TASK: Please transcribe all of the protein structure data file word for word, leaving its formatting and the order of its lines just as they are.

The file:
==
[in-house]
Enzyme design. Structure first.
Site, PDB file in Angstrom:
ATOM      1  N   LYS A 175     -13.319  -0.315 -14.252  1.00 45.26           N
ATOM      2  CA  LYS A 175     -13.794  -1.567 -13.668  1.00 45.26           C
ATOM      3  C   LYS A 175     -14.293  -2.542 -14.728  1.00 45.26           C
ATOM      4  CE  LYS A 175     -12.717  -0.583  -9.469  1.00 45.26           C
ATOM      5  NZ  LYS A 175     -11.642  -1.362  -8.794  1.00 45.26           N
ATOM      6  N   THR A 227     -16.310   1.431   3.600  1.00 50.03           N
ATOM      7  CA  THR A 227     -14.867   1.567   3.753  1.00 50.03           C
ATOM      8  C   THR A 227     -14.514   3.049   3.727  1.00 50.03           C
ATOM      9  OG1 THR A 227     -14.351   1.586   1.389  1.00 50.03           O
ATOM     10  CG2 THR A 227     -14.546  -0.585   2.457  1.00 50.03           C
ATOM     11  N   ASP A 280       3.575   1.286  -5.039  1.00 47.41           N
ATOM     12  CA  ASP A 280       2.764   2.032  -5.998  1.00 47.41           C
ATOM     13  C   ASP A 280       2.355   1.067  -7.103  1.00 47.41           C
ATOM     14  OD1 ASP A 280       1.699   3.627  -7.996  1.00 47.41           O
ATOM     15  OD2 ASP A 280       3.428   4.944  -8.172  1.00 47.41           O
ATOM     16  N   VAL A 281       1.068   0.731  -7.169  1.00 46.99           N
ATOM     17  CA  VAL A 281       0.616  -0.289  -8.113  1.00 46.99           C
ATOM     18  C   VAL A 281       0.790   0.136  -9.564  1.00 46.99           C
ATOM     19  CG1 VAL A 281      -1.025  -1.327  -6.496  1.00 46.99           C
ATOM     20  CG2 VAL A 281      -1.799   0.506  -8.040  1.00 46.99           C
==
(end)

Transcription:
[in-house]
Enzyme design. Structure first.
Site, PDB file in Angstrom:
ATOM      1  N   LYS A 175     -13.319  -0.315 -14.252  1.00 45.26           N
ATOM      2  CA  LYS A 175     -13.794  -1.567 -13.668  1.00 45.26           C
ATOM      3  C   LYS A 175     -14.293  -2.542 -14.728  1.00 45.26           C
ATOM      4  CE  LYS A 175     -12.717  -0.583  -9.469  1.00 45.26           C
ATOM      5  NZ  LYS A 175     -11.642  -1.362  -8.794  1.00 45.26           N
ATOM      6  N   THR A 227     -16.310   1.431   3.600  1.00 50.03           N
ATOM      7  CA  THR A 227     -14.867   1.567   3.753  1.00 50.03           C
ATOM      8  C   THR A 227     -14.514   3.049   3.727  1.00 50.03           C
ATOM      9  OG1 THR A 227     -14.351   1.586   1.389  1.00 50.03           O
ATOM     10  CG2 THR A 227     -14.546  -0.585   2.457  1.00 50.03           C
ATOM     11  N   ASP A 280       3.575   1.286  -5.039  1.00 47.41           N
ATOM     12  CA  ASP A 280       2.764   2.032  -5.998  1.00 47.41           C
ATOM     13  C   ASP A 280       2.355   1.067  -7.103  1.00 47.41           C
ATOM     14  OD1 ASP A 280       1.699   3.627  -7.996  1.00 47.41           O
ATOM     15  OD2 ASP A 280       3.428   4.944  -8.172  1.00 47.41           O
ATOM     16  N   VAL A 281       1.068   0.731  -7.169  1.00 46.99           N
ATOM     17  CA  VAL A 281       0.616  -0.289  -8.113  1.00 46.99           C
ATOM     18  C   VAL A 281       0.790   0.136  -9.564  1.00 46.99           C
ATOM     19  CG1 VAL A 281      -1.025  -1.327  -6.496  1.00 46.99           C
ATOM     20  CG2 VAL A 281      -1.799   0.506  -8.040  1.00 46.99           C